I'll be honest, I didn't check to see if this had been documented before, but since I had the camera nearby, I decided to create a new thread about how to go about doing this. As some of you know, I did a ground-up resto on an ’86 fastback two years ago. I bought the car, drove it home five minutes away, and that was the extent of my driving experience with this particular car before I dismantled it. There were a lot more pressing safety issues with the car than driving it around to see if the axles were worn!
Anyways, about 5000 kms after the restoration, I could hear slight clunk coming from the passenger rear wheel area every time I started to accelerate from a stand still. I jacked the car up, held the passenger side tripot joint steady, and could twist the axle by hand a couple degrees, so I knew the tripot was shot. I ordered an entire axle from Cardone for $88.00 CDN… hard to go wrong. With axle in hand, I decided to photograph the procedure and share with the Forum. Following these instructions, you won’t have to break into the brake hydraulic system nor undergo an alignment once you’re done.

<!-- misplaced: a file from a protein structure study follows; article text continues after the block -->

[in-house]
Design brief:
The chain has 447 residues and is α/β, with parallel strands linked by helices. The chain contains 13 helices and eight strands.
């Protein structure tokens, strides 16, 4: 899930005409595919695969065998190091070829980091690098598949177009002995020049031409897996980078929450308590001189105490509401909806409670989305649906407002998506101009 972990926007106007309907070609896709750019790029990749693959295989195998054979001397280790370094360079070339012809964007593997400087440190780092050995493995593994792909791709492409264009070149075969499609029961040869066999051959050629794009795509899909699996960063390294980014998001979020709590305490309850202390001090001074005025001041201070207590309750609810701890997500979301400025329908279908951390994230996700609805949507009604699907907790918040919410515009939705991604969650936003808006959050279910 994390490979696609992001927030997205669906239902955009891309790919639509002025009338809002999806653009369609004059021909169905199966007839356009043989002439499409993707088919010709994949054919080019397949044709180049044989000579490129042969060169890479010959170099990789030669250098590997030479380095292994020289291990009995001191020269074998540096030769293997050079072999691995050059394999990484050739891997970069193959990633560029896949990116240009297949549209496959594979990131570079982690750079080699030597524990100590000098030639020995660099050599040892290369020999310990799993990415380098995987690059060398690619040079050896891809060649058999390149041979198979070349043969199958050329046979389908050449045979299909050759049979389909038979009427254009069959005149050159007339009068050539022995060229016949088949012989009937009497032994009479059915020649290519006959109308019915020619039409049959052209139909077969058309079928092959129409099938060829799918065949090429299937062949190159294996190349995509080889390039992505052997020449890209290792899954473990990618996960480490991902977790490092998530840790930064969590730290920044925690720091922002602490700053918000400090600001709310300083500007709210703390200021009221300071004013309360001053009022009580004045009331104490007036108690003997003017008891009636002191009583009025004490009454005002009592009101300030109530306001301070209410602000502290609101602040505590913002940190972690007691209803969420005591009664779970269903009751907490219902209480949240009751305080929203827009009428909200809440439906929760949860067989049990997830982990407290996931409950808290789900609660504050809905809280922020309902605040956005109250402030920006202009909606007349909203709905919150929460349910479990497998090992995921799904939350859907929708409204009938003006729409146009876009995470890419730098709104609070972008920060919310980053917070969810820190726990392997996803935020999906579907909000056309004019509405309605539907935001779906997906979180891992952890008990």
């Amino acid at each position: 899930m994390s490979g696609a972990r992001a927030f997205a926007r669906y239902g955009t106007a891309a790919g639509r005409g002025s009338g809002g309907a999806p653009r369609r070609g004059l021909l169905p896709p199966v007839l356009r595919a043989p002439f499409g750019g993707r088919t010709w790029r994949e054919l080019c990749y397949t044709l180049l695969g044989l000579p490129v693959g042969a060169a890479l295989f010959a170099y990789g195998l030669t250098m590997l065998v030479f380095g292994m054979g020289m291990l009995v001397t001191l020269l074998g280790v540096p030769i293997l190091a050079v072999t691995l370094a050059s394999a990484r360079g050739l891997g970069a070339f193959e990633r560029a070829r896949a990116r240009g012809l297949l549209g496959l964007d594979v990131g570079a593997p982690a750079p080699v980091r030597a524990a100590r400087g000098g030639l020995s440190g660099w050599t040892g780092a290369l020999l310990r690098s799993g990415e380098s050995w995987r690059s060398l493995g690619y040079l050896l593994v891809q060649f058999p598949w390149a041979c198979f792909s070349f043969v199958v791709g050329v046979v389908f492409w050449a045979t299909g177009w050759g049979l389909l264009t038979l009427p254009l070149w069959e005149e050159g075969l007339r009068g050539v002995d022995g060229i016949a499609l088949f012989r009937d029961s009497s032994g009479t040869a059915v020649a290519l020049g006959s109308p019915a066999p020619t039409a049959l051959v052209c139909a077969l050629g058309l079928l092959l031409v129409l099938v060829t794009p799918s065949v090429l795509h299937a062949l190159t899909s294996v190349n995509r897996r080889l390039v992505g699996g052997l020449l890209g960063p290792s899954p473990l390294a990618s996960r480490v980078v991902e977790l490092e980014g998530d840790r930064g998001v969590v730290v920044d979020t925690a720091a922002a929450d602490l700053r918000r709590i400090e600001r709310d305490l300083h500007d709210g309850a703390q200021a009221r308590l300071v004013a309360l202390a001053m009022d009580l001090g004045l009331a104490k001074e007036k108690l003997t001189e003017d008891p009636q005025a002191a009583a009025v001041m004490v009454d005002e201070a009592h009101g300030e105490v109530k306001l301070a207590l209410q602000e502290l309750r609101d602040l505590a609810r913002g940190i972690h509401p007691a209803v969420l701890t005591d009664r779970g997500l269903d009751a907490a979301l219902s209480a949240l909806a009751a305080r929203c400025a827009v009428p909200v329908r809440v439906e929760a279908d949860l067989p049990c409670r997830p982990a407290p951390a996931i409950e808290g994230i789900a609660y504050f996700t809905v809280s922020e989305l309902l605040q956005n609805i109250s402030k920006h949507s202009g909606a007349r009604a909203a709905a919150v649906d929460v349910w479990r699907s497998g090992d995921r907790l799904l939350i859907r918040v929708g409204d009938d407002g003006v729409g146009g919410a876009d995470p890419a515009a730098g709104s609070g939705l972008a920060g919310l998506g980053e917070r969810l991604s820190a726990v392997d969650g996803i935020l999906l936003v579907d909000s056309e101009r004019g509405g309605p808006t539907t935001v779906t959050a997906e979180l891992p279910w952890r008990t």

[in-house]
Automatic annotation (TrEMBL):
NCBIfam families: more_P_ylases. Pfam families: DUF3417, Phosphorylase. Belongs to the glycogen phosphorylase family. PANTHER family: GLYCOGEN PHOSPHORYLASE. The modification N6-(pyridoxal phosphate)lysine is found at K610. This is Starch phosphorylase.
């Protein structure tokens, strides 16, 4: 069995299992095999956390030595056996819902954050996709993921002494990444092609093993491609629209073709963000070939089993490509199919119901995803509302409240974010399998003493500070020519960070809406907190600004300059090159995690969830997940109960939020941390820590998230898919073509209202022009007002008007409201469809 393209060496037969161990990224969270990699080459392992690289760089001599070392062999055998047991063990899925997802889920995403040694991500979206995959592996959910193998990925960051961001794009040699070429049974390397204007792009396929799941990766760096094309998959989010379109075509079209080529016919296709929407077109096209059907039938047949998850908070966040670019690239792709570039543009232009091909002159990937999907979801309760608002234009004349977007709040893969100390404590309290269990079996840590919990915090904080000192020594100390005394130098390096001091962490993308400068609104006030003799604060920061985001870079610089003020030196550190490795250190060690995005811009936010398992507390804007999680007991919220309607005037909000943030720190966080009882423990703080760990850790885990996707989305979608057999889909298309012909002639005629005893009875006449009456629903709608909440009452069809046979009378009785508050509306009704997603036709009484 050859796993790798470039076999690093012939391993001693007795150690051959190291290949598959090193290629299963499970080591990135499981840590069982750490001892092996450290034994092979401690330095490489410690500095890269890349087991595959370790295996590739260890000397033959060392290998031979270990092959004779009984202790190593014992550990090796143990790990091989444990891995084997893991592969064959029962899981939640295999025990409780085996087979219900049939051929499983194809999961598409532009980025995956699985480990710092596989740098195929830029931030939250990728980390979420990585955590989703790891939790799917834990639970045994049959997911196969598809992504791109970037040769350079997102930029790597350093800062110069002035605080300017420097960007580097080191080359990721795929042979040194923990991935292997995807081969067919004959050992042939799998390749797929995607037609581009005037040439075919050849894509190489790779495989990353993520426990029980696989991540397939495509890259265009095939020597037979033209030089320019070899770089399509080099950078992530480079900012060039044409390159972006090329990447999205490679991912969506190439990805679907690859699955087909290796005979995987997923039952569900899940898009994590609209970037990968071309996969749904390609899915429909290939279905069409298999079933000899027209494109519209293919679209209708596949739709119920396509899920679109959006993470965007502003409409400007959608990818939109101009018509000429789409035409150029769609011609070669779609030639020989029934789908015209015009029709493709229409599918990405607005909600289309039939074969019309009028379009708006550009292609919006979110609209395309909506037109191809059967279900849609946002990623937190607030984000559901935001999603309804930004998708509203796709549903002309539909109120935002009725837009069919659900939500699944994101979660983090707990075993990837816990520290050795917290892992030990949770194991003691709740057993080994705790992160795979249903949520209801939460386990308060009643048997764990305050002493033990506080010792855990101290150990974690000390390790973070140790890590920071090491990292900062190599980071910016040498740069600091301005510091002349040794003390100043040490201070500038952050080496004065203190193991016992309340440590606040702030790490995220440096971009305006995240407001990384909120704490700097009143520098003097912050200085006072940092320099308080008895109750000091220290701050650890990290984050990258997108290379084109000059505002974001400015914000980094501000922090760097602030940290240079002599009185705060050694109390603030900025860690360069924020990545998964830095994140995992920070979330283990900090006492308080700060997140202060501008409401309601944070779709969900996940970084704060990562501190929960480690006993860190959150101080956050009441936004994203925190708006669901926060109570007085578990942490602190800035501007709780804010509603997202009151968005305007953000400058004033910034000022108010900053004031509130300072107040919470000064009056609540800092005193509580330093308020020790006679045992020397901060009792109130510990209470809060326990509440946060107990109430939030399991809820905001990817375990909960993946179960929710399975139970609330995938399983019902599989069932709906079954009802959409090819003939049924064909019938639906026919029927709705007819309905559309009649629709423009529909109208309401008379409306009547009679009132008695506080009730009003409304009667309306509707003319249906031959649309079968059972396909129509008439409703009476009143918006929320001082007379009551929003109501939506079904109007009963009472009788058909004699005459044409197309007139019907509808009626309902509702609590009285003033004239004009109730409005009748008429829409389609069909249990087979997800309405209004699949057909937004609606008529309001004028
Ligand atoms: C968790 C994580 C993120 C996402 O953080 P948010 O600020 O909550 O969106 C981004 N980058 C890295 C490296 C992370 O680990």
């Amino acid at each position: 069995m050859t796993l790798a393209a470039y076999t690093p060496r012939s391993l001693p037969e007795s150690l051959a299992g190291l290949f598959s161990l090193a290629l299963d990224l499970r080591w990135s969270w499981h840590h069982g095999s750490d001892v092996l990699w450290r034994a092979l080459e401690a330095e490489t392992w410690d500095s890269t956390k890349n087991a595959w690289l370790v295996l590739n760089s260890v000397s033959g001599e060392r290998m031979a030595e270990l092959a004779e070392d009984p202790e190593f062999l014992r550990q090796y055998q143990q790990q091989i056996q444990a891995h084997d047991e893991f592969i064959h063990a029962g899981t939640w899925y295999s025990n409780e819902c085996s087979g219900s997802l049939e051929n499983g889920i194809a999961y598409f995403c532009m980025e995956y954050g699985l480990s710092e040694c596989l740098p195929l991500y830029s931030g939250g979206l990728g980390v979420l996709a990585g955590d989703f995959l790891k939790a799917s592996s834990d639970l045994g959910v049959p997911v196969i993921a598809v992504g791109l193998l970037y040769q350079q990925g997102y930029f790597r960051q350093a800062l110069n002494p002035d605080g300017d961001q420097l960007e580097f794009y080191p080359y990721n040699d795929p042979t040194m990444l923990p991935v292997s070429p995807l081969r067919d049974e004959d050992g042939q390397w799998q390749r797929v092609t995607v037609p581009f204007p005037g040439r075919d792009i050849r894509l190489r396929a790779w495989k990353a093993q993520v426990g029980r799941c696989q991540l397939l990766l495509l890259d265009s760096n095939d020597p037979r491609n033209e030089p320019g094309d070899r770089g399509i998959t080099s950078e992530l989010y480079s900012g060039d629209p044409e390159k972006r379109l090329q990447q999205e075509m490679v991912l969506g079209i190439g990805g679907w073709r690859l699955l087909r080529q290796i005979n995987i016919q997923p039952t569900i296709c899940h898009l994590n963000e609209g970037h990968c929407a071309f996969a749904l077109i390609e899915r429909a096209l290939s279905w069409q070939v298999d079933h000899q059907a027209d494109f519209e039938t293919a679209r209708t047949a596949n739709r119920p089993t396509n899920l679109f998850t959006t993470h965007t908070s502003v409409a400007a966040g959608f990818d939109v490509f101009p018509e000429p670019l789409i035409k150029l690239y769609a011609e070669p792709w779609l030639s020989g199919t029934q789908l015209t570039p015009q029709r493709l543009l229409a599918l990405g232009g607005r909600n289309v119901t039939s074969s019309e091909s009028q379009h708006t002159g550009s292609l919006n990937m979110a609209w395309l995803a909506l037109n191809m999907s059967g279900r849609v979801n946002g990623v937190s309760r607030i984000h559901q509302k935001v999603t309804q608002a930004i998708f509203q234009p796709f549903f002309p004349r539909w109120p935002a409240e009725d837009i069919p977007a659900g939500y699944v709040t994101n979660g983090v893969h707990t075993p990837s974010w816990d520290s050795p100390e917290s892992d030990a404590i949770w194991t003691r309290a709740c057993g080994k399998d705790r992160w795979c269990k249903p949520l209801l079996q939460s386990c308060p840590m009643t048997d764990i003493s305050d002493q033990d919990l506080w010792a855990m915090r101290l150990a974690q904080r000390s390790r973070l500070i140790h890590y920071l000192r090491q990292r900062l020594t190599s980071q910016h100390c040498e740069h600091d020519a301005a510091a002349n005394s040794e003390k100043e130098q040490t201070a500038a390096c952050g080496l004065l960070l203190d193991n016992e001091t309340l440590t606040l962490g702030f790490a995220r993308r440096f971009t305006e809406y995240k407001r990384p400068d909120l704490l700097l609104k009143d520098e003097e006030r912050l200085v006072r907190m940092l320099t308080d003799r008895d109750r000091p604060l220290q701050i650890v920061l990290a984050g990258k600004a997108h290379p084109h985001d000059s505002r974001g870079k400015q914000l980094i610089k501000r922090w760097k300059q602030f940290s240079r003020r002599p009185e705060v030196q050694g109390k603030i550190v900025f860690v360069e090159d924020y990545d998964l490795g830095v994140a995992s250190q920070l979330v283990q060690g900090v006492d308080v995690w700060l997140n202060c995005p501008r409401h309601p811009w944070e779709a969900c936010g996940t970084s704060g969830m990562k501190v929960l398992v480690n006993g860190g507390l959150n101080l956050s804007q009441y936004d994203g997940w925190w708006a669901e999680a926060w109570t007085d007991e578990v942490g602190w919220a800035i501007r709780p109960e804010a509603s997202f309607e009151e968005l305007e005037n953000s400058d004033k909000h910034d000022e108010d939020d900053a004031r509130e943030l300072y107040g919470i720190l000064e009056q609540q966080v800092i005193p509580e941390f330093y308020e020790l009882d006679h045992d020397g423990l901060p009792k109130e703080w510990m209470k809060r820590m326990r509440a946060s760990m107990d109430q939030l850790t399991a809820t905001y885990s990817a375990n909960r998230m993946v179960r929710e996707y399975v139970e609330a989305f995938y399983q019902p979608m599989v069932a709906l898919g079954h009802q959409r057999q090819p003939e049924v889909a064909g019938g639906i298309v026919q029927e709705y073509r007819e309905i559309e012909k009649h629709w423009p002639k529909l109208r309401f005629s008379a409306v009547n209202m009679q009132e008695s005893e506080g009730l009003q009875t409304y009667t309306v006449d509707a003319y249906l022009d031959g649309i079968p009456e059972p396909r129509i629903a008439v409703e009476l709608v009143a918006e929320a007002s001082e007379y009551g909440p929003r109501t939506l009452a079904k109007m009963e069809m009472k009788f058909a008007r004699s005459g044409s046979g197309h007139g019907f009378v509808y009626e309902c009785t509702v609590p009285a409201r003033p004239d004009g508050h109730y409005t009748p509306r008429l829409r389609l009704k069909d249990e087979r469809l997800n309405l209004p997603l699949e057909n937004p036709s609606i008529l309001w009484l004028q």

So on with the show… here’s the patient awaiting knee surgery.
At this point, if you don't have an impact wrench, then the first thing to do is pop the wheel center out and using a 30mm socket on a long handled wrench, remove the axle nut. It's on with 200 lbft of torque so you'll need to put the car in gear and apply the parking brake to hold the car from rolling. If you do have an impact wrench, then this step is done later. Next, jack up the car and use axle stands to support the weight since hydraulic jacks often leak slowly, and occasionally leak fast. The problem is that they're insidious... they creep down slowly enough that you can find yourself trapped just when everyone else who might be around to help you is on lunch break. They'll come back just as your eyes are popping out of your head from the pressure on your chest.